Cutting Through the Noise: What I Really Believe

“The ad is not true.”

In the flood of TV ads bombarding us this campaign season, it can be hard for voters to separate fact from fiction and hard truth from fuzzy spin. And recently, I’ve been getting a lot of questions about the veracity of TV ads suggesting that I support massive cuts to Medicare.

So let’s cut through all the clutter and focus on those words: “The ad is not true.” Don’t take my word for it — these are the words printed in the Detroit Free Press, assessing the latest attack ad against me. And when my opponent, Rep. Mike Bishop, aired an ad making dishonest claims about my position on Medicare, the independent fact-checking site PolitiFact assessed the ad and concluded, “We rate it False.”

Anyone seeking to represent you in Congress owes you a full and honest explanation of what’s true and what’s not. So on Medicare, which has been the focus of many of these false ads, here’s what I believe:

First, Medicare and Social Security are pillars of retirement security. They are a promise, and we need to keep that promise to current and future retirees. No one in Congress will work harder than me to keep that promise.

Second, Congress should allow Medicare to negotiate lower drug prices on behalf of seniors. When I talk to retirees, almost everyone cites the high cost of medicines as a daily worry. Allowing Medicare to use its buying power to bring down prices would be good for seniors and good for the financial health of the Medicare program. I’m on military insurance, and if my dad and I go to the pharmacy to get the same prescription, his costs far more. Just like the VA can pressure big drug companies to keep prices low, Medicare should too.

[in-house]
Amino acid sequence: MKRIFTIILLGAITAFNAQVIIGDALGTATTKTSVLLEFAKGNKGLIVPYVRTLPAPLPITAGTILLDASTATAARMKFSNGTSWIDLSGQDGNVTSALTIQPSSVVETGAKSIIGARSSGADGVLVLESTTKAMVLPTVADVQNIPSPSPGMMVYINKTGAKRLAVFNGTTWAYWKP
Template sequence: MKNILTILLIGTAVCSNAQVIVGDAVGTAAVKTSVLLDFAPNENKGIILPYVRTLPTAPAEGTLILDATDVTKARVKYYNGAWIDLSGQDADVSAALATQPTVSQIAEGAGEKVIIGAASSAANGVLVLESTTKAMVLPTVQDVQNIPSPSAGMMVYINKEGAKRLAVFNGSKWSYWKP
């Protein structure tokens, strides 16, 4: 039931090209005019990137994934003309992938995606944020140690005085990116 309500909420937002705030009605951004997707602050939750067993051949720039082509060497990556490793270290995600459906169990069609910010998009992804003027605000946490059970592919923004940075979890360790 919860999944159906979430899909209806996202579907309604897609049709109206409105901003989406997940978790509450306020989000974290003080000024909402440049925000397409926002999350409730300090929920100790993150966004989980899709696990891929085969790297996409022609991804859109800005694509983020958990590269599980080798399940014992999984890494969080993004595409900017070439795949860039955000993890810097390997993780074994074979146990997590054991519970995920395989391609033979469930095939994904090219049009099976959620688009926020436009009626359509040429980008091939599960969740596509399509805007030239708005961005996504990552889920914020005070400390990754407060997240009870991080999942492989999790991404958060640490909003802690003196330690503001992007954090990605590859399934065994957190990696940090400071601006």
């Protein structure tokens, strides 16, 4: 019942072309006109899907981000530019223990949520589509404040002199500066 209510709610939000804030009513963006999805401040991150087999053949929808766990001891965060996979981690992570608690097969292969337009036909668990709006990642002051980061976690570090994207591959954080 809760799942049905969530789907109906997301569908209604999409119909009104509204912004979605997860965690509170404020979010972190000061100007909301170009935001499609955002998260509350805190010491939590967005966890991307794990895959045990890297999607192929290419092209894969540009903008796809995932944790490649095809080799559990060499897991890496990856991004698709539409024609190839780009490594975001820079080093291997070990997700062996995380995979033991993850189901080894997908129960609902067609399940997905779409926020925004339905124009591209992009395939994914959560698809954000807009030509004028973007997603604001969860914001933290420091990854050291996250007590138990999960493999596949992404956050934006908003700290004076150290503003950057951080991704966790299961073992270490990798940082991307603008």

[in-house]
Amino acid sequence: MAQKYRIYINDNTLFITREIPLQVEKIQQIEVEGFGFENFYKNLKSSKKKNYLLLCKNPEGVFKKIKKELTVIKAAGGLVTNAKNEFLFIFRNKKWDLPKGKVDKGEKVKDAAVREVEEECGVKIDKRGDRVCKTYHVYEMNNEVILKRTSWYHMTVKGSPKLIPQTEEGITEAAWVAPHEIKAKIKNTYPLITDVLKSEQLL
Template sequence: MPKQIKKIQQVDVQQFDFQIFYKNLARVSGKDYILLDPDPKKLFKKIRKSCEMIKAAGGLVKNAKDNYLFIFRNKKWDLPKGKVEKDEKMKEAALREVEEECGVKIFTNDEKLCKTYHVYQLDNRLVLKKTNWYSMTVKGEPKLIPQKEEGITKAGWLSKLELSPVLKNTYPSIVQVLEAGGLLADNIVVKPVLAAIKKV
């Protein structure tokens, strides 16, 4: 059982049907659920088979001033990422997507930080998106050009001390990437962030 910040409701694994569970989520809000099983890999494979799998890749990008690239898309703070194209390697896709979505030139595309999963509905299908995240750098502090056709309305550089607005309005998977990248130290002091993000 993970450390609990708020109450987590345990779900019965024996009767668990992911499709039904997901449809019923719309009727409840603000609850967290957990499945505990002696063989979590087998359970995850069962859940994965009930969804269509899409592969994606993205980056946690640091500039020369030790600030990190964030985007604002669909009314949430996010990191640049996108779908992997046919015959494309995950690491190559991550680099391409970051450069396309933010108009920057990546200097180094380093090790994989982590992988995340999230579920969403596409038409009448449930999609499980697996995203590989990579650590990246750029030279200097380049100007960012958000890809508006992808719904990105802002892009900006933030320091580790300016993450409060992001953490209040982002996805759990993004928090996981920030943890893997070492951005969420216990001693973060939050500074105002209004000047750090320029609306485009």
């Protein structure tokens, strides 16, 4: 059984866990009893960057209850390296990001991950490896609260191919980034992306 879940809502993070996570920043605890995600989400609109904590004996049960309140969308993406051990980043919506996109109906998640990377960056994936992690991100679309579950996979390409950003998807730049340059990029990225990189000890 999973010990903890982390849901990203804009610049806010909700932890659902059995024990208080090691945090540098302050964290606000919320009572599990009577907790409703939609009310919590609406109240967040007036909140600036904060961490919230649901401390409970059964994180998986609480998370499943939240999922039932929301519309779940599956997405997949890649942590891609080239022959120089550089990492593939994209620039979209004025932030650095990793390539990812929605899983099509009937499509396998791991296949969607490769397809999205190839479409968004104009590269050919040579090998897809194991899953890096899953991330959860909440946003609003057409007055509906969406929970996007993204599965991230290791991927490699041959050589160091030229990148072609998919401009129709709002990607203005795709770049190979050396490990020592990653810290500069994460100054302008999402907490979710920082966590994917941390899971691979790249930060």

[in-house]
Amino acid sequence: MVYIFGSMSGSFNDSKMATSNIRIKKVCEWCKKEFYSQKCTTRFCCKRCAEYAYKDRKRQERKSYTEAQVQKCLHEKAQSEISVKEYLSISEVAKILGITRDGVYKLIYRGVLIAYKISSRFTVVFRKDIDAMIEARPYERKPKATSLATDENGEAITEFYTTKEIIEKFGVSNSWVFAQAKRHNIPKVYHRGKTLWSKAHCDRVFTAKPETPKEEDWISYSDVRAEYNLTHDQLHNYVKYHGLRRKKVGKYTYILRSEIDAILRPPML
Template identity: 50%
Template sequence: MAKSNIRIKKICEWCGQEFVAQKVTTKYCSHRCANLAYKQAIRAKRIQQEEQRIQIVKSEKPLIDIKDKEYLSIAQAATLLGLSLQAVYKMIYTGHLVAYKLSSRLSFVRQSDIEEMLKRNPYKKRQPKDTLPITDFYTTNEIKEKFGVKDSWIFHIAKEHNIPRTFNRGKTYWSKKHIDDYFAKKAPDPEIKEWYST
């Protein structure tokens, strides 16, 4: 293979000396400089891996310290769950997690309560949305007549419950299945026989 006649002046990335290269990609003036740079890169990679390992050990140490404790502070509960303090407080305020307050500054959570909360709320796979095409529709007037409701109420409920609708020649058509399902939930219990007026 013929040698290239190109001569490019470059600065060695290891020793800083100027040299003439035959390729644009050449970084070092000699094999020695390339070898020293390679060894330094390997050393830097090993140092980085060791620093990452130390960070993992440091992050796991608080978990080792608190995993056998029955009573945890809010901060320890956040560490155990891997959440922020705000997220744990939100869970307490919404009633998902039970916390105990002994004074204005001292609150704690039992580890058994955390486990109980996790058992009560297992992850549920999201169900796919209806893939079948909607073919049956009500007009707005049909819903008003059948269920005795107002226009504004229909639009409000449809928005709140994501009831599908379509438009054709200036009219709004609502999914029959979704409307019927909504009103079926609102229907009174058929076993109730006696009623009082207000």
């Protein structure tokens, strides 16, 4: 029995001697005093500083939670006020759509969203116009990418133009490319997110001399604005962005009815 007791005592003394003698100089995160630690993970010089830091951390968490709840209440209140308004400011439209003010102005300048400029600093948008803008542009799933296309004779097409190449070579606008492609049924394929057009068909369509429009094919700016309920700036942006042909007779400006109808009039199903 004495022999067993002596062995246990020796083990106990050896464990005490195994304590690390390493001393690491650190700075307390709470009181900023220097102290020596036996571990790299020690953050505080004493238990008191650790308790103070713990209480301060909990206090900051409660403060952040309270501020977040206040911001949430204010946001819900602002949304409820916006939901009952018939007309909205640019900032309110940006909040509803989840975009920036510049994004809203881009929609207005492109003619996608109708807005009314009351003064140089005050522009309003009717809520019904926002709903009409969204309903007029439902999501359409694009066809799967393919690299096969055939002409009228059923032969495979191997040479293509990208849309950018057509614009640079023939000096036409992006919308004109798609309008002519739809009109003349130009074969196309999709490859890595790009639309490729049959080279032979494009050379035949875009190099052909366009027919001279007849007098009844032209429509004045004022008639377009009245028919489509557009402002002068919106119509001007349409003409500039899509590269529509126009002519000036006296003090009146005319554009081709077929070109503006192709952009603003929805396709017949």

Third, despite what you may have heard from these inaccurate attack ads, I do not support “Medicare for All” plans. Most of the folks I talk to agree that we could all use more choice and options in our health care, not fewer. That’s why I support a Medicare buy-in option. This idea stemmed from a small business roundtable I had in Rochester almost a year ago. Allowing employers and employees to access a buy-in to a large program like Medicare will bring down costs, increase choice, and help our small businesses grow. Health care analysts believe such a program could not only give more families access to affordable health care, but it could strengthen the Medicare program by spreading Medicare costs over a younger population.

Healthcare is far too complicated. My opponent and his colleagues in Washington are eager to use that complexity to disguise their record of endangering protections for pre-existing conditions and siding with big drug companies over the constituents they are supposed to serve. So let’s keep it simple: If you see an ad that claims I want to endanger or reduce Medicare, remember: “The ad is not true.”

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